'Peering at the basalt sculpture speckled with mineralised carbon, it suddenly occurs to you that, like most museums, the works on display are only a small fraction of its collection. Yet here, they are not stored in archive rooms, they are piped underground and embedded into the earth’s geology. This museum does not store human-made artifacts. Instead, the consequences of human making - our carbon emissions.' As Carbon Capture and Storage technology (CCS) begins to gain worldwide attention and funding, now is the pertinent time to have critical engagement. We need new visions to imagine how CCS could work towards (rather than against) social and environmental justice, and as part of (rather than instead of) essential actions to achieve a net-zero future. Through reimagining the museum’s role of storage, we propose a global network of public museums that functions as CCS infrastructure, each using an approach suited to their geography. Alongside this, the museum’s secondary roles will shift in accordance to the evolving challenges for CCS.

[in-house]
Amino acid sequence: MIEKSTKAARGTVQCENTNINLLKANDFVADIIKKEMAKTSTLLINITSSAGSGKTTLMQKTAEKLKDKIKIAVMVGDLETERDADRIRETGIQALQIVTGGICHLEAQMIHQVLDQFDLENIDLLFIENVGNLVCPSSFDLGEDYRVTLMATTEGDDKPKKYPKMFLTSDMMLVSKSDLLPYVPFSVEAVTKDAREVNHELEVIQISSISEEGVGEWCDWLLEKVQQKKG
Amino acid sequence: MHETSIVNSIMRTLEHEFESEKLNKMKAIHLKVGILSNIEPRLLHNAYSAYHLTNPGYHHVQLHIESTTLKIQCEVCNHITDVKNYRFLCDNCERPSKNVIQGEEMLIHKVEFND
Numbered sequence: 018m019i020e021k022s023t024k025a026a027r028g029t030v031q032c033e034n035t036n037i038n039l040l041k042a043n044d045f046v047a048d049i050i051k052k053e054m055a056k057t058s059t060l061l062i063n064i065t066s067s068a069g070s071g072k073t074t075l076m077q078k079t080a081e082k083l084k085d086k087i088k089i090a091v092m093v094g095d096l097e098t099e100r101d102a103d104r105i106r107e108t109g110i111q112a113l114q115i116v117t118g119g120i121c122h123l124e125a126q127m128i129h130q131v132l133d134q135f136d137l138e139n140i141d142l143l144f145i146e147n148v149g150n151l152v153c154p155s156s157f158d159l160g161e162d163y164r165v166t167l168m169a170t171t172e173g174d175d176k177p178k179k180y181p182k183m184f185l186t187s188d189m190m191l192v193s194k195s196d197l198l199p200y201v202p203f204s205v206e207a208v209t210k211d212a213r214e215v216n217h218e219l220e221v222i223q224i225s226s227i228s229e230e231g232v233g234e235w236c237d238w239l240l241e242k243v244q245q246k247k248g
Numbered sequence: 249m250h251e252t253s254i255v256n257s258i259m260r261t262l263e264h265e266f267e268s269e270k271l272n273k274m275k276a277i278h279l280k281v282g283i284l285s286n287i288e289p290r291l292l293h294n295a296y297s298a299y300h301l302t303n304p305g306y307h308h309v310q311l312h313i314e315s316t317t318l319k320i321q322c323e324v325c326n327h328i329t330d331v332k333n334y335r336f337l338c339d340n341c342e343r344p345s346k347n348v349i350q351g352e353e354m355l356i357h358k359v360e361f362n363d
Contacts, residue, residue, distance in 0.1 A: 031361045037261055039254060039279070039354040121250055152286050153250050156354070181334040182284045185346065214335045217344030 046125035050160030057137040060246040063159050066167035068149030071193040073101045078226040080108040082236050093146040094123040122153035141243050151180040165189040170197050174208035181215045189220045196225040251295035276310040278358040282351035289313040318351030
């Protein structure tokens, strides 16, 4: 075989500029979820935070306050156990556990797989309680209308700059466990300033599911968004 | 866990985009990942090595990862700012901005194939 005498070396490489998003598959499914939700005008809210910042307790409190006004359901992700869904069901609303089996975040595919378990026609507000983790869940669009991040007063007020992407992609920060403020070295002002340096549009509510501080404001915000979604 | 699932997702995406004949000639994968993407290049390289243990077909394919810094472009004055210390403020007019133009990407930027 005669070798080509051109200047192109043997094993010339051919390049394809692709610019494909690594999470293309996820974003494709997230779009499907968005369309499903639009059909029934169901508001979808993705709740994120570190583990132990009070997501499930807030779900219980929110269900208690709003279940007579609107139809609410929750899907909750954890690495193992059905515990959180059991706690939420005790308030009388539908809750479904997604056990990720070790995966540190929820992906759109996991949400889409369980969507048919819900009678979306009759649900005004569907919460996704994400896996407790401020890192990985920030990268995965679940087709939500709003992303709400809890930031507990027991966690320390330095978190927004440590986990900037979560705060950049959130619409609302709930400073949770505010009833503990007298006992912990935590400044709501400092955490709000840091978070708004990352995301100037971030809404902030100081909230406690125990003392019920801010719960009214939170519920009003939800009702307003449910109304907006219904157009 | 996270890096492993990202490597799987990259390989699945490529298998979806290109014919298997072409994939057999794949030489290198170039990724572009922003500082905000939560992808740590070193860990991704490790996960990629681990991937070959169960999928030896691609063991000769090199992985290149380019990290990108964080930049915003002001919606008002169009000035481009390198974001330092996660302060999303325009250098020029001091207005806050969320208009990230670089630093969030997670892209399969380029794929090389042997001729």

In phase 1, the public space of the museum acts as Enzyme, accelerating a cultural shift through information and art. Phase 2 sees the museum as Agora, helping a whole industry shift towards civic participation. Phase 3 is the disappearance of the infrastructure. The museum remains as a geological layer, a testament of human action through geological expression.
- Project Team
- Davide Piscitelli & Nina Yuko Cutler
- Project Name
- Sequestered Collection: The museum as carbon storage
- Team Location
- UK, london
- Arts, curatorial and creative practice